Hey Siri, how am I doing on my course?

Of course if you ask Siri today, her reply is, well it depends…


Another response to the same question…


As for tomorrow…. well could it be different?

However for other things intelligent assistants such as Siri, Cortana and Google Now can be a really useful mechanism for finding things out, things you need to do and in many instances fun stuff too.

I have been wondering if we could utilise these technologies and apply it to learning.

We know that most (if not all) people can usually tell when using a chat function on a website when they are talking to a chat bot and when they are talking to a real person.

Could we just not even try and think that the intelligent agent is real and actually play up to the fact it is artificial. Give it a name and even create a personality for it?

This way we could avoid some of those ethical issues about a piece of software trying to pretend to be human. The students know it is not real and it is advertised accordingly.

But could such a tool be an useful thing for students to have access to? One that could learn from its experiences and fine tune it’s responses and interventions?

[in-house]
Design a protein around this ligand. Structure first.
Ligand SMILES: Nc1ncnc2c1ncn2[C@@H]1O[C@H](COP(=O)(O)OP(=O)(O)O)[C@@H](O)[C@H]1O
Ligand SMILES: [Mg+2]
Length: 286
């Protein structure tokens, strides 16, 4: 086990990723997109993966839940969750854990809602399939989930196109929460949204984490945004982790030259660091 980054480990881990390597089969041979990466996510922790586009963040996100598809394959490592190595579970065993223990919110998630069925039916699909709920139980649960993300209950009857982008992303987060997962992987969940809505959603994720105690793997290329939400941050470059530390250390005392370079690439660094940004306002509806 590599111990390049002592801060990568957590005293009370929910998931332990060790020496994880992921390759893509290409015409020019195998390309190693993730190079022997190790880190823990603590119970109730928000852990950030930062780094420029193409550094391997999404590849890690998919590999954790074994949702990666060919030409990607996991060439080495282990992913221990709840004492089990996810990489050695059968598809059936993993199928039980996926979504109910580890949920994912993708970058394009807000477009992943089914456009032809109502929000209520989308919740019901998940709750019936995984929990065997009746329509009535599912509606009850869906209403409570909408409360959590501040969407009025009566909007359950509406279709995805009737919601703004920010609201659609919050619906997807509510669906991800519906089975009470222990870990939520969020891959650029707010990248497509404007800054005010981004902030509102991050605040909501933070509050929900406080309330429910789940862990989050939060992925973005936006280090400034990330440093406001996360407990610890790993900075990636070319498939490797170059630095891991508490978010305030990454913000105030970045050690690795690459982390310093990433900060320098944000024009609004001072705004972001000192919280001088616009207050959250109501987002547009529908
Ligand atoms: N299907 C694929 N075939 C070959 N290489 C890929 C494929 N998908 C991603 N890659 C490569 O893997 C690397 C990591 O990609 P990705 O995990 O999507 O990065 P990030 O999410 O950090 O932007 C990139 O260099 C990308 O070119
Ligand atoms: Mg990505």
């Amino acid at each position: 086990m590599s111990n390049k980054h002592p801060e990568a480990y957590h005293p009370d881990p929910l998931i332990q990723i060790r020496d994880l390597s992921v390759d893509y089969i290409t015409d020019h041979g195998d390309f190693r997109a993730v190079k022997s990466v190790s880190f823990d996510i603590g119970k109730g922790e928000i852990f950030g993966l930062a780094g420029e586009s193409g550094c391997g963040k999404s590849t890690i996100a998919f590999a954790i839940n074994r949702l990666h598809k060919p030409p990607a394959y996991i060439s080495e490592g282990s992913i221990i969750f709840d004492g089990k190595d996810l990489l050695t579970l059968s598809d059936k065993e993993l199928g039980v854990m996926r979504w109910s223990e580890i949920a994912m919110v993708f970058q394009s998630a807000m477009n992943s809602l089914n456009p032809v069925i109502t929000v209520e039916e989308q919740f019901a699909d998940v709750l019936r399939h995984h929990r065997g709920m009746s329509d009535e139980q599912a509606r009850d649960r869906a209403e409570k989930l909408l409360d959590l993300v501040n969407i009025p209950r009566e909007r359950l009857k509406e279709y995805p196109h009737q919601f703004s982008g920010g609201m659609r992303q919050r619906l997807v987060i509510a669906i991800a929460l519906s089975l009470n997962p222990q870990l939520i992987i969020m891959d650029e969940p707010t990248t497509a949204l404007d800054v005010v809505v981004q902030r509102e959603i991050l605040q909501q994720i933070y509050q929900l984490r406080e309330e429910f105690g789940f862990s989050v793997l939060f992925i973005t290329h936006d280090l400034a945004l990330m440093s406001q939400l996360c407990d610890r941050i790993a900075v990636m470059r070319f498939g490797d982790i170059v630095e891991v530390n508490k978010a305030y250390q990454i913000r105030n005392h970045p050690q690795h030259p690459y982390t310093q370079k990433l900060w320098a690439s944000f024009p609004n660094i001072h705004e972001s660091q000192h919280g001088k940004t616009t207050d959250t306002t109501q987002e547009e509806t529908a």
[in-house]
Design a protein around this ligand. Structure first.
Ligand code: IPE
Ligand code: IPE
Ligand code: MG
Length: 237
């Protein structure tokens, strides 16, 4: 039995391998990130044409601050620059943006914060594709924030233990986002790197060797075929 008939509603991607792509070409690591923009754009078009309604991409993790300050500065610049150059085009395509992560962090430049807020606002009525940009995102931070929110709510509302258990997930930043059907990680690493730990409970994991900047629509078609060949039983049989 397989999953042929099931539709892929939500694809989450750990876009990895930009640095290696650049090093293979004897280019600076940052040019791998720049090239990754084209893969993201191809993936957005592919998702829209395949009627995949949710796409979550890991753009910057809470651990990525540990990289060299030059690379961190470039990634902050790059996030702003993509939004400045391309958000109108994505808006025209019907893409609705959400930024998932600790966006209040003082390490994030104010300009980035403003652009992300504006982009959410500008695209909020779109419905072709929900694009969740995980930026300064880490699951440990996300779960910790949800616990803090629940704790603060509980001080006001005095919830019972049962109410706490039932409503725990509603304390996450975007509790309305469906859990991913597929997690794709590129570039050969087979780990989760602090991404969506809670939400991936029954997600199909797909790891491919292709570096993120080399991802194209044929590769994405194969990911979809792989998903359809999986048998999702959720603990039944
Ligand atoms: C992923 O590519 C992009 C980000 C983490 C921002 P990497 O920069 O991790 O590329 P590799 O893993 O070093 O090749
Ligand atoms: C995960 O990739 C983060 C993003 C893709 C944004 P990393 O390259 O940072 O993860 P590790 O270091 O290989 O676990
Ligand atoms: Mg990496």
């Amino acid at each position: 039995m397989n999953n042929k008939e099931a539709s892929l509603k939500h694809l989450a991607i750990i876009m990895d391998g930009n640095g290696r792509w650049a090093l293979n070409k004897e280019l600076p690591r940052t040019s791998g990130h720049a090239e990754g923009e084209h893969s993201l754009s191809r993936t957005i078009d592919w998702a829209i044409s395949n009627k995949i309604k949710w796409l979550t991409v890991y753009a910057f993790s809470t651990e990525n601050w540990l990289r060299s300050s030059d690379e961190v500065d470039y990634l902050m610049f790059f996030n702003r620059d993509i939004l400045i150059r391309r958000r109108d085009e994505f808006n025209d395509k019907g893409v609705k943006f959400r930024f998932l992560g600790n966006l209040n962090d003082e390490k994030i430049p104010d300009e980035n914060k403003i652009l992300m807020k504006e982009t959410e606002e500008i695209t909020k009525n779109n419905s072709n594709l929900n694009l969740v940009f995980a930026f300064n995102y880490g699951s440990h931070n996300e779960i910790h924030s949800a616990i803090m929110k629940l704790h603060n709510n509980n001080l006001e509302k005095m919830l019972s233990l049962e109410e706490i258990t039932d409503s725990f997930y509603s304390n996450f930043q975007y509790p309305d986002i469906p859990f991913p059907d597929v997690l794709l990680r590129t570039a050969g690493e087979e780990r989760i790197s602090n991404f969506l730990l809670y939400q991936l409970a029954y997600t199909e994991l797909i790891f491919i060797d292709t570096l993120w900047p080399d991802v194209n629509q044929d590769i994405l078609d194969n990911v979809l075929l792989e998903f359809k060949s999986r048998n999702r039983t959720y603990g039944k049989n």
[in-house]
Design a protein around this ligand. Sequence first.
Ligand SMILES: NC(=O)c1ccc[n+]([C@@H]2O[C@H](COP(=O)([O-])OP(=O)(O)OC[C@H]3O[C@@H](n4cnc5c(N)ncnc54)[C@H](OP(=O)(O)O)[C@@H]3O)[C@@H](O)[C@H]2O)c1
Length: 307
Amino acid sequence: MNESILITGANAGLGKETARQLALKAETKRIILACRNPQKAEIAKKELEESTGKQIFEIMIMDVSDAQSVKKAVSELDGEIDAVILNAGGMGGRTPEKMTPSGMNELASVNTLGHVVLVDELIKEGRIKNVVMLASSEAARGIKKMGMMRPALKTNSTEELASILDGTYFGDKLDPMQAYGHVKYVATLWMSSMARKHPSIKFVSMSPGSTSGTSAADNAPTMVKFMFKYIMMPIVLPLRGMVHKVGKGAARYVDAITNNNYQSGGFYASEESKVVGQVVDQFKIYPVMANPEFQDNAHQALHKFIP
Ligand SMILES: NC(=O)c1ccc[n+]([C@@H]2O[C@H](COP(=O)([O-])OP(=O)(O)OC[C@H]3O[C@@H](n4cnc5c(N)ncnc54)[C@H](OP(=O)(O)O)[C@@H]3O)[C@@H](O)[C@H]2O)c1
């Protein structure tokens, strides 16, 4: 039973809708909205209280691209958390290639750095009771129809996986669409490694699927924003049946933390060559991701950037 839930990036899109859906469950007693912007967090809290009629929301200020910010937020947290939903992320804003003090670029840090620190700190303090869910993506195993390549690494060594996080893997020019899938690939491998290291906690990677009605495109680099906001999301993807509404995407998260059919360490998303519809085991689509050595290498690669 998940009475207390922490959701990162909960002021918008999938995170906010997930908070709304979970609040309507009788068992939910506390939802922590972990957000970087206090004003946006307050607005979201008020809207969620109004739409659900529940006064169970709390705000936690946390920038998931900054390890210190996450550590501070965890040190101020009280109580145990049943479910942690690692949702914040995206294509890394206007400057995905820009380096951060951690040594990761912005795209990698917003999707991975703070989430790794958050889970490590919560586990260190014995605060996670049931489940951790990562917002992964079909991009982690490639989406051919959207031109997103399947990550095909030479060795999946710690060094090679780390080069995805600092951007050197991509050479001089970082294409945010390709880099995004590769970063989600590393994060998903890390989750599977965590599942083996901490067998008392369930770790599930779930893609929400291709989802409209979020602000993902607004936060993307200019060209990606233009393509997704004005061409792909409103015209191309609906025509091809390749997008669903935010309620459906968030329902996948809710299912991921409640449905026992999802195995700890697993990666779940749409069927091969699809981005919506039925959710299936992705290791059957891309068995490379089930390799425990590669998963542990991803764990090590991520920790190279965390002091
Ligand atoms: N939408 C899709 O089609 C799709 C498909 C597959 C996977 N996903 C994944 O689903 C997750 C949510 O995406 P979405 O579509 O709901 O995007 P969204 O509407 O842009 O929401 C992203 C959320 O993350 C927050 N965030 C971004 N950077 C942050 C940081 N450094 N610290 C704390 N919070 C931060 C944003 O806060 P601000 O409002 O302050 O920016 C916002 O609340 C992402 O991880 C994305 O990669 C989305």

It doesn’t necessarily have to be voice controlled, users could use text entries.

So what kind of questions could learners ask?

What is the best book for this module?

Where is a quiet place to study on campus?

What other questions could we expect learners to be asking?

2 thoughts on “Hey Siri, how am I doing on my course?”

  1. I’m asking some of these questions myself at the moment. To help answer or consider them, I’ve set up an experimental chatbot to use with Masters students this session in a technology-oriented subject. I’ve been very open with them about the purpose behind the bot. So far, it:
    -allows students to sign up and receive broadcast messages weekly;
    -responds to inputs like ‘week 1’ etc with a listing of topics, readings and tasks for the relevant week
    -provides helpful links for students when asked
    -send a conversational email to me (they answer the bot’s prompts, which then sends the email)
    -has a series of ‘fun’ modules that randomly responds with things like image galleries, youtube videos, and entertaining quotes.

    I’m not sure yet where I go with this, but I can see it being useful for students who access course materials on the go as the bot lives natively inside Facebook messenger, whereas the LMS typically doesn’t work well on mobile.

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